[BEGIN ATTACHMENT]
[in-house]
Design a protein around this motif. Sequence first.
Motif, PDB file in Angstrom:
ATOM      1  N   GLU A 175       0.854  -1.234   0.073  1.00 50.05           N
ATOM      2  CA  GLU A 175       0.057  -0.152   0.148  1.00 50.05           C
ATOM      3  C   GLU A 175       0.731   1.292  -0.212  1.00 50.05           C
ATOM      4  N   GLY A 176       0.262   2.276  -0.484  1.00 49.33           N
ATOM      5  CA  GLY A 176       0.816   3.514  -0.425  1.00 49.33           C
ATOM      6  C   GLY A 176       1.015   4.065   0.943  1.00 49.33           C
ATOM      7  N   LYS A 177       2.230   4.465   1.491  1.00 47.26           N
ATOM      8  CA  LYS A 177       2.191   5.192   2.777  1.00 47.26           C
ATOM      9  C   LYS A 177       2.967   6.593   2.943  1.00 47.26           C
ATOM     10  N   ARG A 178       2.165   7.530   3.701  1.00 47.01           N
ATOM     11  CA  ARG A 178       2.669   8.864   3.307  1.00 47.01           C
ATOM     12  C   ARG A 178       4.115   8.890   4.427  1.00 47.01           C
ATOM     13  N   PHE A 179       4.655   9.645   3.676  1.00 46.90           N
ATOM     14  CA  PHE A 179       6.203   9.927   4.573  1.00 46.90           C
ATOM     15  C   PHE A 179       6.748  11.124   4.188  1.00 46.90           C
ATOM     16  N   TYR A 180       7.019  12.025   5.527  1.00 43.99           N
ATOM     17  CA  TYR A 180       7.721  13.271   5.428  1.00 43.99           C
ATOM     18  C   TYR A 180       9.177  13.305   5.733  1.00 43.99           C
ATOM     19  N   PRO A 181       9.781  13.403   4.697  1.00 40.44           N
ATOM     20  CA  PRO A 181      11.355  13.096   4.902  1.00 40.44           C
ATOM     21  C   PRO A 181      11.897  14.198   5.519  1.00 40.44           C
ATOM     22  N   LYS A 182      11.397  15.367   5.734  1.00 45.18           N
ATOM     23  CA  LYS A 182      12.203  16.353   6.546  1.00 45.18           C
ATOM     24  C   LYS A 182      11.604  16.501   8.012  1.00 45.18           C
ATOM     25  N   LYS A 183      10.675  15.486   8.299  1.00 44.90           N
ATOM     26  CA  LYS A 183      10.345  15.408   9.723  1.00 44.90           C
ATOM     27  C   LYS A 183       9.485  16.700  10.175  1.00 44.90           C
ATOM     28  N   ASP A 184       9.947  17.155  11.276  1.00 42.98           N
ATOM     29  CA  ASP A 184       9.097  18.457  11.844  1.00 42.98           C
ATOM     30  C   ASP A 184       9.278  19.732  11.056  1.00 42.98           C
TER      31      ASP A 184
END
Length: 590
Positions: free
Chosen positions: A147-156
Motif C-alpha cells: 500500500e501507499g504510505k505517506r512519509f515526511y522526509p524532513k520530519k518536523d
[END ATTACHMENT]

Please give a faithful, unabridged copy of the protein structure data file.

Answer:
[in-house]
Design a protein around this motif. Sequence first.
Motif, PDB file in Angstrom:
ATOM      1  N   GLU A 175       0.854  -1.234   0.073  1.00 50.05           N
ATOM      2  CA  GLU A 175       0.057  -0.152   0.148  1.00 50.05           C
ATOM      3  C   GLU A 175       0.731   1.292  -0.212  1.00 50.05           C
ATOM      4  N   GLY A 176       0.262   2.276  -0.484  1.00 49.33           N
ATOM      5  CA  GLY A 176       0.816   3.514  -0.425  1.00 49.33           C
ATOM      6  C   GLY A 176       1.015   4.065   0.943  1.00 49.33           C
ATOM      7  N   LYS A 177       2.230   4.465   1.491  1.00 47.26           N
ATOM      8  CA  LYS A 177       2.191   5.192   2.777  1.00 47.26           C
ATOM      9  C   LYS A 177       2.967   6.593   2.943  1.00 47.26           C
ATOM     10  N   ARG A 178       2.165   7.530   3.701  1.00 47.01           N
ATOM     11  CA  ARG A 178       2.669   8.864   3.307  1.00 47.01           C
ATOM     12  C   ARG A 178       4.115   8.890   4.427  1.00 47.01           C
ATOM     13  N   PHE A 179       4.655   9.645   3.676  1.00 46.90           N
ATOM     14  CA  PHE A 179       6.203   9.927   4.573  1.00 46.90           C
ATOM     15  C   PHE A 179       6.748  11.124   4.188  1.00 46.90           C
ATOM     16  N   TYR A 180       7.019  12.025   5.527  1.00 43.99           N
ATOM     17  CA  TYR A 180       7.721  13.271   5.428  1.00 43.99           C
ATOM     18  C   TYR A 180       9.177  13.305   5.733  1.00 43.99           C
ATOM     19  N   PRO A 181       9.781  13.403   4.697  1.00 40.44           N
ATOM     20  CA  PRO A 181      11.355  13.096   4.902  1.00 40.44           C
ATOM     21  C   PRO A 181      11.897  14.198   5.519  1.00 40.44           C
ATOM     22  N   LYS A 182      11.397  15.367   5.734  1.00 45.18           N
ATOM     23  CA  LYS A 182      12.203  16.353   6.546  1.00 45.18           C
ATOM     24  C   LYS A 182      11.604  16.501   8.012  1.00 45.18           C
ATOM     25  N   LYS A 183      10.675  15.486   8.299  1.00 44.90           N
ATOM     26  CA  LYS A 183      10.345  15.408   9.723  1.00 44.90           C
ATOM     27  C   LYS A 183       9.485  16.700  10.175  1.00 44.90           C
ATOM     28  N   ASP A 184       9.947  17.155  11.276  1.00 42.98           N
ATOM     29  CA  ASP A 184       9.097  18.457  11.844  1.00 42.98           C
ATOM     30  C   ASP A 184       9.278  19.732  11.056  1.00 42.98           C
TER      31      ASP A 184
END
Length: 590
Positions: free
Chosen positions: A147-156
Motif C-alpha cells: 500500500e501507499g504510505k505517506r512519509f515526511y522526509p524532513k520530519k518536523d